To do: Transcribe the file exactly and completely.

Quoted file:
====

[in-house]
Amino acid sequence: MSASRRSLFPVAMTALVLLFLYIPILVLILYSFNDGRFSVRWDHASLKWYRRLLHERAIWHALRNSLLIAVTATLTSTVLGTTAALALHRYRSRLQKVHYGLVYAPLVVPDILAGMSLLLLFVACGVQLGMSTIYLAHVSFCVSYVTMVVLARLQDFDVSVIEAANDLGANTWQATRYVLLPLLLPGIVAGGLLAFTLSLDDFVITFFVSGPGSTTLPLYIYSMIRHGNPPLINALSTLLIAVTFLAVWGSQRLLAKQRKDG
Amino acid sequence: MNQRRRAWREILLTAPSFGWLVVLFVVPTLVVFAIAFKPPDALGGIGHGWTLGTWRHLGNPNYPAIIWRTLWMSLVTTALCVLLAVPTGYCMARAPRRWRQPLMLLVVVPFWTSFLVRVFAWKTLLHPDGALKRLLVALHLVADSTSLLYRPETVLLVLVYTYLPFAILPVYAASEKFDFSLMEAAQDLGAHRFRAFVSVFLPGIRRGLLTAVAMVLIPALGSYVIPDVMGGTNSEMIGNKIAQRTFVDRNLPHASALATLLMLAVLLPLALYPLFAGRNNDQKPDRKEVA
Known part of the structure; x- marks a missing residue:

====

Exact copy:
[in-house]
Amino acid sequence: MSASRRSLFPVAMTALVLLFLYIPILVLILYSFNDGRFSVRWDHASLKWYRRLLHERAIWHALRNSLLIAVTATLTSTVLGTTAALALHRYRSRLQKVHYGLVYAPLVVPDILAGMSLLLLFVACGVQLGMSTIYLAHVSFCVSYVTMVVLARLQDFDVSVIEAANDLGANTWQATRYVLLPLLLPGIVAGGLLAFTLSLDDFVITFFVSGPGSTTLPLYIYSMIRHGNPPLINALSTLLIAVTFLAVWGSQRLLAKQRKDG
Amino acid sequence: MNQRRRAWREILLTAPSFGWLVVLFVVPTLVVFAIAFKPPDALGGIGHGWTLGTWRHLGNPNYPAIIWRTLWMSLVTTALCVLLAVPTGYCMARAPRRWRQPLMLLVVVPFWTSFLVRVFAWKTLLHPDGALKRLLVALHLVADSTSLLYRPETVLLVLVYTYLPFAILPVYAASEKFDFSLMEAAQDLGAHRFRAFVSVFLPGIRRGLLTAVAMVLIPALGSYVIPDVMGGTNSEMIGNKIAQRTFVDRNLPHASALATLLMLAVLLPLALYPLFAGRNNDQKPDRKEVA
Known part of the structure; x- marks a missing residue: